ATC Revisited: Angela Davis

30 Apr, 2018

ATC Revisited: Angela Davis

Recap by KC Forcier, the 2017-2018 Graduate Liaison for the Art, Technology, and Culture Colloquium.

"Abolition Feminisms" - Angela Davis on Social Justice and Activism

The final ATC lecture of the year brought together three generations of activist scholars. Leigh Raiford, Associate Professor of African American Studies at Berkeley and Malika Imhotep, a doctoral student here at Berkeley in African American Studies and New Media, hosted a conversation with Dr. Angela Davis, the deeply influential activist and academic. The conversation brought together many threads of Davis’ work, from a career spanning nearly fifty years of teaching, writing and organizing on issues related to race and gender in America and worldwide.

The discussion began with a subject which has been central to Davis’ activism in recent years – the struggle to dismantle the prison industrial complex – and its relationship to feminism, another key theme of Davis’ work. Davis acknowledged the fraught relationship between feminism and the movement to abolish prisons: criminalizing domestic violence was an important victory for feminists in the 1970s, after all, and many continue to advocate for increased accountability for crimes against women. At the same time, Davis argued for the necessity for “Abolition Feminism”, which recognizes the important role black women play in prison reform, a movement which is ultimately essential to social justice for all genders.

The intersection of gender and race is an important theme of Davis’ work, although she admits to having an ambivalent relationship to the concept of intersectionality. “We ask that term to do so much more than it is capable of,” she says. “Our terms do not reflect the messiness of social realities.” Davis suggested a more expansive use of the concept of intersectionality, one that foregrounds resonances across groups. An “Intersectionality of Struggles” acknowledges solidarity amongst communities that may be geographically diverse yet share a common struggle: linking efforts for Palestinian statehood with indigenous movements worldwide, for instance. Davis suggested that one’s political affinities may bring one closer to someone across the globe than to those in one’s immediate midst.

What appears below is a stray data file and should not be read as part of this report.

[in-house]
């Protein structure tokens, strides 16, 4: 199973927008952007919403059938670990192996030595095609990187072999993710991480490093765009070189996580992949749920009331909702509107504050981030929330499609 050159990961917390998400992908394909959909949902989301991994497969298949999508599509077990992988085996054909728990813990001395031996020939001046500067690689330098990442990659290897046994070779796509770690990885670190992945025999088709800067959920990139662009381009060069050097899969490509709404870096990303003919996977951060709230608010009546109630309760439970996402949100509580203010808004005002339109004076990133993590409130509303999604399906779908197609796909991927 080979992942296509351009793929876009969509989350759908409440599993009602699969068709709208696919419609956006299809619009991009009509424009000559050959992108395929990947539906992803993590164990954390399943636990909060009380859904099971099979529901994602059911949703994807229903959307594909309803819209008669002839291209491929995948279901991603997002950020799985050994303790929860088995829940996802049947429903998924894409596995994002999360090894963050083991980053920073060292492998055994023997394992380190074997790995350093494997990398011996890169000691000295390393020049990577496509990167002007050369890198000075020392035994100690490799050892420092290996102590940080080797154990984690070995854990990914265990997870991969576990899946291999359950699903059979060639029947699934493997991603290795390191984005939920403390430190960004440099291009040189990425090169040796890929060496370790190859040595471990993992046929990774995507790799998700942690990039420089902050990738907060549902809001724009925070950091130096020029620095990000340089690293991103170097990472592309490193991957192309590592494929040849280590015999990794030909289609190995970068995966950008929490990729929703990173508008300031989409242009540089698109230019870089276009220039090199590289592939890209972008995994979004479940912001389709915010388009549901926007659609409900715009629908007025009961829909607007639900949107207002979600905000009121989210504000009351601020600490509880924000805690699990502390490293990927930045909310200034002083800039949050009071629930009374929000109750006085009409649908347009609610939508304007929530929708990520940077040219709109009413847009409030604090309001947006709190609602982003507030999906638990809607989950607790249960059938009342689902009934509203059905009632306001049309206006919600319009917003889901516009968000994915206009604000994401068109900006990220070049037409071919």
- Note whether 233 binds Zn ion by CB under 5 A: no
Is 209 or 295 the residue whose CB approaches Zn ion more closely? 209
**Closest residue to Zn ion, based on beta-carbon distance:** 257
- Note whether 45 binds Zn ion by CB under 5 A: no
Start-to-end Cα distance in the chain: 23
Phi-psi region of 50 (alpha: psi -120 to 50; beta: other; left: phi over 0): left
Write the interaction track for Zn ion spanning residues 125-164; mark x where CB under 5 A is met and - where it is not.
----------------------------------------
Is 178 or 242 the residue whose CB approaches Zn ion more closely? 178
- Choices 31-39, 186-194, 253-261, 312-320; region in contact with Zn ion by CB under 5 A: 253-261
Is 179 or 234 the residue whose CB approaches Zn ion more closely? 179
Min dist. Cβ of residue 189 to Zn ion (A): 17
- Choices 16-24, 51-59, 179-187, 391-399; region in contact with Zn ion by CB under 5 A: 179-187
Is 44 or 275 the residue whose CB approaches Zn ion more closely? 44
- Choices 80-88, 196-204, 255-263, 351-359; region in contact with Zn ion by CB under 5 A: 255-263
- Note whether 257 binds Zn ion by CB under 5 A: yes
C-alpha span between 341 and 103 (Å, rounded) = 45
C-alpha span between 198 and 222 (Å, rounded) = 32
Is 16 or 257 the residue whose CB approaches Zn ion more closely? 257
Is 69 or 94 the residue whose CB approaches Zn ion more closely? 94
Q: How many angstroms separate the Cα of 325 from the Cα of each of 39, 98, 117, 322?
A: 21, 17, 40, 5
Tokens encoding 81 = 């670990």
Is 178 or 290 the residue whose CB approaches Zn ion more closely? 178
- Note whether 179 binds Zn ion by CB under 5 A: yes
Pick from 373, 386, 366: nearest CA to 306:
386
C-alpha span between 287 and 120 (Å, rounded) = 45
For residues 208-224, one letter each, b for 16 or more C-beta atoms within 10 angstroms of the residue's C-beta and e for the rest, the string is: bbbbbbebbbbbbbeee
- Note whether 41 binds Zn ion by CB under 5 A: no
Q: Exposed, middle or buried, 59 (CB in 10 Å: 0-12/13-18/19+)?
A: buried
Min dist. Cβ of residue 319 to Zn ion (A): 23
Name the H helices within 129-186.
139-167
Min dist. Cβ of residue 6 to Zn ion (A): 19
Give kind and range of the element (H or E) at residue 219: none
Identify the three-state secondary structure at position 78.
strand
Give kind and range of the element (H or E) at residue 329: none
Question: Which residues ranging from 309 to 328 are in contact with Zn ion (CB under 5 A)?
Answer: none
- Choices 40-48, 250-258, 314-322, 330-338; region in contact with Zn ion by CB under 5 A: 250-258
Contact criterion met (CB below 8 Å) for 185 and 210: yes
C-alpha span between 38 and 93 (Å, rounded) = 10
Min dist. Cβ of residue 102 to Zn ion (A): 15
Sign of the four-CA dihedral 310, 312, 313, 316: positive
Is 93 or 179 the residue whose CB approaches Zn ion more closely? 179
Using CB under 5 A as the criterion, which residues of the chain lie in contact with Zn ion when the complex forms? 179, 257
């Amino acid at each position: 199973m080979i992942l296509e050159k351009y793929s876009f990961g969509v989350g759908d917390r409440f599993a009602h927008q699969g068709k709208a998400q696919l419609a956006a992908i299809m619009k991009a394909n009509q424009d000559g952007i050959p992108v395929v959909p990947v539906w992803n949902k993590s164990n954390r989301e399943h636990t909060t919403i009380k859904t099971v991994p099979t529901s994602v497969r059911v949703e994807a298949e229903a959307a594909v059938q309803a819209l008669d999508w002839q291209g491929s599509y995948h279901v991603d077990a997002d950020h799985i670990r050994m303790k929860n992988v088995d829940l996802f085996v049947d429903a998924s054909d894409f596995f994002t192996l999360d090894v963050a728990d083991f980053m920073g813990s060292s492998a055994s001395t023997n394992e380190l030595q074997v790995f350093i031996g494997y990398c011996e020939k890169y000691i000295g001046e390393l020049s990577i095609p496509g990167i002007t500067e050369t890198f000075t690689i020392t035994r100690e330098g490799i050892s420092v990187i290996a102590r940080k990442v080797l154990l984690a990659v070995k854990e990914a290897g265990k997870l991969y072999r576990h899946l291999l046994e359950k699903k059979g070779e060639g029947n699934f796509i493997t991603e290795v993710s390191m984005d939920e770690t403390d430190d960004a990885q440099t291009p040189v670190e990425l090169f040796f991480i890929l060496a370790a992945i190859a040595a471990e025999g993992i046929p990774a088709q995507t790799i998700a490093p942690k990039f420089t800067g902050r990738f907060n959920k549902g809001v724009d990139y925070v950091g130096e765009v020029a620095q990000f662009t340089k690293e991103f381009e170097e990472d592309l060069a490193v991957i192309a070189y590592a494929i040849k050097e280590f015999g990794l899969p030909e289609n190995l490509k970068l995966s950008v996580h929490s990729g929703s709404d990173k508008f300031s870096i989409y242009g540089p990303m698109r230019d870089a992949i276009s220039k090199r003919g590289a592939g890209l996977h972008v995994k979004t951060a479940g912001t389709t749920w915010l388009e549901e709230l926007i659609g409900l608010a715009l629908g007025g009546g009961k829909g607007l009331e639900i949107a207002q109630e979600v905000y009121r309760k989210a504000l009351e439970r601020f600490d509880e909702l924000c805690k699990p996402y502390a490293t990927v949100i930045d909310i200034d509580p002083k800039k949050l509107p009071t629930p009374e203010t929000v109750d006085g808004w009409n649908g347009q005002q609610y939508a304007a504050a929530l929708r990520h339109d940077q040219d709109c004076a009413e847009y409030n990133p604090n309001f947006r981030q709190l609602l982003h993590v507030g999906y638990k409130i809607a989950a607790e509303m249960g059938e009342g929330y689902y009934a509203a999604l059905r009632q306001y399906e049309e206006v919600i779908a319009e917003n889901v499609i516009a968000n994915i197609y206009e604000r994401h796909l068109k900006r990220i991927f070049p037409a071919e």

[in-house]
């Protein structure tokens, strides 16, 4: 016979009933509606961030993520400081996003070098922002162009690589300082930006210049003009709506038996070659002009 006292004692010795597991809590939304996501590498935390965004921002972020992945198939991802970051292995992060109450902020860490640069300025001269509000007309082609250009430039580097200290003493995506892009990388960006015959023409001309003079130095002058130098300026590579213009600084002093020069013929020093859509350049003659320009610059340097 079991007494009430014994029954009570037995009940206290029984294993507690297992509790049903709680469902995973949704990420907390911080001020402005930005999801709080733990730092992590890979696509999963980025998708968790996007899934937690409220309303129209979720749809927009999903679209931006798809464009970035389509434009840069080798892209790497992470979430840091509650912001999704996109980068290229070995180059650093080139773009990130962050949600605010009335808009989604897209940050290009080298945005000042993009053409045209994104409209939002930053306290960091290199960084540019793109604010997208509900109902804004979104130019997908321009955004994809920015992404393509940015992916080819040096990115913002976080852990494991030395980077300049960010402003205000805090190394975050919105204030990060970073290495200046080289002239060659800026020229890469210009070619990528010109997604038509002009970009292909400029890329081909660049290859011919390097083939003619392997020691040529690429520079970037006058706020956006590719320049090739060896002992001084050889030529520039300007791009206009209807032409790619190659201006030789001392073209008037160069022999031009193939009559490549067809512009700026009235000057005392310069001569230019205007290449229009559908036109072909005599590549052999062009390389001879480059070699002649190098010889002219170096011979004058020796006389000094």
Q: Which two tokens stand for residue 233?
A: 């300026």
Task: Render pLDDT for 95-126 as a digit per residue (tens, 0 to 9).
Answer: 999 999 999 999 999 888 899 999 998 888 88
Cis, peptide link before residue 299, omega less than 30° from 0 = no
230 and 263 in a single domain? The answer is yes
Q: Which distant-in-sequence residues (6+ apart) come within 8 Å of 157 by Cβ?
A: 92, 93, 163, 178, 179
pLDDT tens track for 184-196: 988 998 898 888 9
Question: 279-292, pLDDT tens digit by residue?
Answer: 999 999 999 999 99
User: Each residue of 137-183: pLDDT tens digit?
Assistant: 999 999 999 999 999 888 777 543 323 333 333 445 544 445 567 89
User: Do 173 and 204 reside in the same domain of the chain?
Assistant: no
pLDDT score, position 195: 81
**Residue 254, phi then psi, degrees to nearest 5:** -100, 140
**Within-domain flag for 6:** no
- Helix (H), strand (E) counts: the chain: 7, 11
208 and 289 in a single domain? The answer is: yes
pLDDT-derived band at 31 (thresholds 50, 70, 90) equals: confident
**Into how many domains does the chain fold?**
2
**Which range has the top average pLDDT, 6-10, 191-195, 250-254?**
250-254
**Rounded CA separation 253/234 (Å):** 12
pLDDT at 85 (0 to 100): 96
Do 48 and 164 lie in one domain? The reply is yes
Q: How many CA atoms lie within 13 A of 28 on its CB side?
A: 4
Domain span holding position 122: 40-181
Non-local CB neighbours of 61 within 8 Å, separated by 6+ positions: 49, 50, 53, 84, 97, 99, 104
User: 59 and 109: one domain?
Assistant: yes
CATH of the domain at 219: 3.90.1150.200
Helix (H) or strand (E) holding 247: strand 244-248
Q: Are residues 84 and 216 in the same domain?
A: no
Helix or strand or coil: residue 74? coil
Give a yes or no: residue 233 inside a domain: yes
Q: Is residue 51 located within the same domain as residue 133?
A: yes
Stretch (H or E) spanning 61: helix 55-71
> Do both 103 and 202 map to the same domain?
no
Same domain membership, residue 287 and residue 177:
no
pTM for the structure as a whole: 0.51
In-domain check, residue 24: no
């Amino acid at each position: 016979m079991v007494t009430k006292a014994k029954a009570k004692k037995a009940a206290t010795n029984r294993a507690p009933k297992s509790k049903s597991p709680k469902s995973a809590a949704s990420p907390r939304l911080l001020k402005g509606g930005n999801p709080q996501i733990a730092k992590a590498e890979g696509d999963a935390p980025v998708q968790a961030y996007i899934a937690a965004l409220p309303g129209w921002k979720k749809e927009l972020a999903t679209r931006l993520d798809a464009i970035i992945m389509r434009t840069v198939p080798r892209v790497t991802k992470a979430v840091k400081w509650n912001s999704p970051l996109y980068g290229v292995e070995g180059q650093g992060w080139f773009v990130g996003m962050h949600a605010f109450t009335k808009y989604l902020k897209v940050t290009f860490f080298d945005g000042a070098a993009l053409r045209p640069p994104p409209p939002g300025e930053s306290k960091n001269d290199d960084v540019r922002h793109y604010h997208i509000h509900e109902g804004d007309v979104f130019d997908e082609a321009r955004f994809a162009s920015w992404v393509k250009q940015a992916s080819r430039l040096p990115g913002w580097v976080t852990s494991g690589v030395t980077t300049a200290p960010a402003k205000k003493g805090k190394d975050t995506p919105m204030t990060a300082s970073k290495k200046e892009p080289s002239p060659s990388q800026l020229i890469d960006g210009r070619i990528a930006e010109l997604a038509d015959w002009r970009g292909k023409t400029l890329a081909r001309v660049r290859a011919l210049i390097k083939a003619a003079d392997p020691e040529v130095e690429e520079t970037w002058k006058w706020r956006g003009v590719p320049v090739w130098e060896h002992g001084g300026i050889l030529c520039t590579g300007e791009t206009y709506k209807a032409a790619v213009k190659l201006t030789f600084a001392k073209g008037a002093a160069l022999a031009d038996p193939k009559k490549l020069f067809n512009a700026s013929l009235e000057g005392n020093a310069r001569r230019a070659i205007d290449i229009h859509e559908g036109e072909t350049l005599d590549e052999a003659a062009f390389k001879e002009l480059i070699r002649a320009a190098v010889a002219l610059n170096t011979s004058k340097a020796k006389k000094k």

Communication amongst such far-flung groups is more of a reality today due to new media technologies, which not only make it possible to connect globally, but also circulate information which may allow resonances to become apparent. Davis cited the example of photographs circulating on the internet of canisters of tear gas used against protestors in Palestine, which activists in Ferguson recognized as the same as those used against them. In this light, technology certainly has a role to play in activism. When organizing in 1970, Davis and her collaborators couldn’t afford long distance telephone calls: they wrote letters to coordinate and mobilize their community. “If we had had these new forms of social media, we would have had a revolution,” Davis proclaimed.

Yet she cautions that new technologies are not the panacea to social justice movements they are sometimes claimed to be. “We fail to ask how new technologies affect how we think, how we do our work.” We are being used by these technologies, not just in the sense that our personal information is what is for sale, but also in that they change the way we understand the world. Davis expressed concern that political organizers may confuse Facebook likes with genuinely mobilizing people. We need to use these new technologies, Davis agrees, but critically. “We need to critically engage with the tools that we use,” she said. “We cannot let technology absolve us of the ability to think, to feel.”

More than once over the course of the evening did Davis stress the need to embrace and to be critical at the same time. She ended on a hopeful note, reminding the assembled crowd that as important as it is to be critical of the institutions that perpetuate injustice, we must also be able to believe in a better future. In order to abolish prisons, she claims, “We need to imagine a world in which people are not driven to murder,” as difficult as that may sound. She stressed the importance of celebrating victories, of believing in change. In almost a half-century of activism, Davis has seen monumental change, but has also seen how difficult and how incremental it can be.

2018 ATC Angela Davis